A COVID-19 vaccine developed by Johnson & Johnson, and another by AstraZeneca and Oxford University, are likely “weeks away” from being presented to U.S. regulators for approval, Dr. Anthony Fauci, head of the National Institute of Allergy and Infectious Diseases, said Sunday.
“We’re weeks away, not months away, for sure,” said Fauci, speaking on NBC’s “Meet The Press.”
“I would imagine within a period of a week or so, or at the most a couple of weeks, they’re going to be getting their data together and showing it to the [Food and Drug Administration],” said the government’s top infectious diseases expert.
“They’re going to have to get their data and safety monitoring board to look at it to see if it is appropriate to start, you know, essentially putting the package together to get an emergency use authorization,” he added.
Operation Warp Speed’s chief scientific adviser Moncef Slaoui previously estimated that AstraZeneca’s vaccine would not be authorized for emergency use in the United States until April 2021, although he said the Johnson & Johnson vaccine would likely receive approval by mid February.
The United States has so far purchased 300 million doses of the AstraZeneca jab against the CCP (Chinese Communist Party) virus, which causes the disease COVID-19.
Currently, vaccines developed by Pfizer and German firm BioNTech, and Moderna and the National Institute of Allergy and Infectious Diseases, are being rolled out across the country following Food and Drug Administration (FDA) approval.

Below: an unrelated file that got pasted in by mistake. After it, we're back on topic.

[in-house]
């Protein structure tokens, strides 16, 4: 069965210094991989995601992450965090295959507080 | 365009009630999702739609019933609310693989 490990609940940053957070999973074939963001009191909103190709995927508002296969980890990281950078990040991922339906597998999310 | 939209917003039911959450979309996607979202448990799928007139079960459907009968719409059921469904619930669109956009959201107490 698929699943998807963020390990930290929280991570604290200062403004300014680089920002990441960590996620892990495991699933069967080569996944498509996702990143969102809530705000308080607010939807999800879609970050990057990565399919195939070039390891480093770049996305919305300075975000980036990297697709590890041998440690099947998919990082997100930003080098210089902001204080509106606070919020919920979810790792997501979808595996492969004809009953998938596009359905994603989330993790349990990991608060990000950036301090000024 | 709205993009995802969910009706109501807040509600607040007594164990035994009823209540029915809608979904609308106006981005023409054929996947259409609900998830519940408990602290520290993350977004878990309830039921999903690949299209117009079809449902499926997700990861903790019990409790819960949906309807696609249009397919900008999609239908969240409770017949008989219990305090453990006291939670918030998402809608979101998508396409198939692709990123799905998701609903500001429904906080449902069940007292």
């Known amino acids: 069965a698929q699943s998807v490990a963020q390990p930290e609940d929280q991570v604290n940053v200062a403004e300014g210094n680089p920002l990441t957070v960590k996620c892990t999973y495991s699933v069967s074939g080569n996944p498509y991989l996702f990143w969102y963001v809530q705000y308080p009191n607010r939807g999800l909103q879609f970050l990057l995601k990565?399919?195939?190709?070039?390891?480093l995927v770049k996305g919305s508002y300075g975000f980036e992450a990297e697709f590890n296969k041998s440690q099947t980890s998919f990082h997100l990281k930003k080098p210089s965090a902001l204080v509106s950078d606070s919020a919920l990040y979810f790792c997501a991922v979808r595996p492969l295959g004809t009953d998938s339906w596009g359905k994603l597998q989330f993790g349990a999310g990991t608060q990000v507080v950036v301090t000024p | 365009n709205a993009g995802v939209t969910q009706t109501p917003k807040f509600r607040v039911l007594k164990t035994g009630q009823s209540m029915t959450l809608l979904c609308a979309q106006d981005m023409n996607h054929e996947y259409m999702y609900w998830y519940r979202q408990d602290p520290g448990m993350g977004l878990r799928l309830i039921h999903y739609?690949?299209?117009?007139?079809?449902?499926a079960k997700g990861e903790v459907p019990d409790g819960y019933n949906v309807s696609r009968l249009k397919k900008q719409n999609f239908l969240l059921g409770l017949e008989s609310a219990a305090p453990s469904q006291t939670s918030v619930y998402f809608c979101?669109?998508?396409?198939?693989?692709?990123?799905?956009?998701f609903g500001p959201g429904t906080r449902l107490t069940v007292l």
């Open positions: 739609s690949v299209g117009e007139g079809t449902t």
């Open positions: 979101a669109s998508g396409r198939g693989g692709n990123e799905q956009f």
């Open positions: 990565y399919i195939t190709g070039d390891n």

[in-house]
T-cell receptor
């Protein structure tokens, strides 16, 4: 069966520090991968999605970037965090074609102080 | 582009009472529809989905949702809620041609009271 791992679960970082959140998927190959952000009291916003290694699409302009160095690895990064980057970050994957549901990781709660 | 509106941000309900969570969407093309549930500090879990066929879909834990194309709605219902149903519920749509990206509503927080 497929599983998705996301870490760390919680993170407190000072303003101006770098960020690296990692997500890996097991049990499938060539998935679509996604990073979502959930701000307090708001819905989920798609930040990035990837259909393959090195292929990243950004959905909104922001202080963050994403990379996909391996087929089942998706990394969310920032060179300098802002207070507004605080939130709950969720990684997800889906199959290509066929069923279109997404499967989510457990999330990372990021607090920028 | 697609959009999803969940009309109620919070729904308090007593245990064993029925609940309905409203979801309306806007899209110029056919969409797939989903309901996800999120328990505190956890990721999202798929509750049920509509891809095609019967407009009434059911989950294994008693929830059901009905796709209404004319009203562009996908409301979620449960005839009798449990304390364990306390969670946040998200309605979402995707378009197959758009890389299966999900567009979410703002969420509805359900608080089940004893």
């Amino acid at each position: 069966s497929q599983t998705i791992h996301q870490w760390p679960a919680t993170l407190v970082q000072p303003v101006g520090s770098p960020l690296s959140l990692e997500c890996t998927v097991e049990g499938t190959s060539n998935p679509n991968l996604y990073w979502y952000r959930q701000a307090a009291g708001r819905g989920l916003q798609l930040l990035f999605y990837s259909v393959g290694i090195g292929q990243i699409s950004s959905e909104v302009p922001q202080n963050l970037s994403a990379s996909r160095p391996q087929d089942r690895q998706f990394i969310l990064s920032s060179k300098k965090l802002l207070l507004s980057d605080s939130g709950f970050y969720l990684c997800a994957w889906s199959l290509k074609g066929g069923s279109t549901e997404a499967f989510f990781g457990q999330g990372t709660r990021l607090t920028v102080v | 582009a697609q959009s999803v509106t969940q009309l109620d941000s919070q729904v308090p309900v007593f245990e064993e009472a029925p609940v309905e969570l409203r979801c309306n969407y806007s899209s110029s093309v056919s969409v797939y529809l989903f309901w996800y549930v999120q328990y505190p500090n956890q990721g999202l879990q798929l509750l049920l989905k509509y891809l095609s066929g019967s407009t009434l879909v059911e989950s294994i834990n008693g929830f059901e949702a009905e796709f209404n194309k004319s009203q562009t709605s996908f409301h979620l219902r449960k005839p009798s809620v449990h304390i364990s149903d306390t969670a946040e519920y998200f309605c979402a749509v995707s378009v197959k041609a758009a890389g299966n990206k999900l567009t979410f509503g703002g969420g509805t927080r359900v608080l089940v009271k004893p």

Trump administration officials had said they projected 20 million people would get vaccinated against COVID-19 by the end of 2020. According to the Centers for Disease Control and Prevention, more than 31.1 million doses have been distributed as of Jan. 15 but just 12.2 million have been administered.
Fauci said Sunday that President-elect Joe Biden’s pledge of delivering 100 million COVID-19 vaccine doses within the first 100 days of his presidency “is absolutely a doable thing.”
“What the president-elect is going to do is, where need be, to invoke the [Defense Production Act] to get the kinds of things they need, whatever they may be, be they tests, be they vaccines or what have you,” he said.
“In other words, to just not be hesitant to use whatever mechanisms we can to get everything on track and on the flow that we predict. But the feasibility of his goal is absolutely clear. There’s no doubt about it. That can be done.”
AstraZeneca’s COVID-19 vaccine is based on an adenoviral vector that requires only refrigeration and is therefore easier to store than Pfizer and Moderna’s messenger RNA (mRNA) vaccines, which need to be stored and distributed at cold temperatures to prevent them from degrading.
Johnson & Johnson’s vaccine candidate also uses an adenoviral vector. Many low- and middle-income countries are relying on this approach.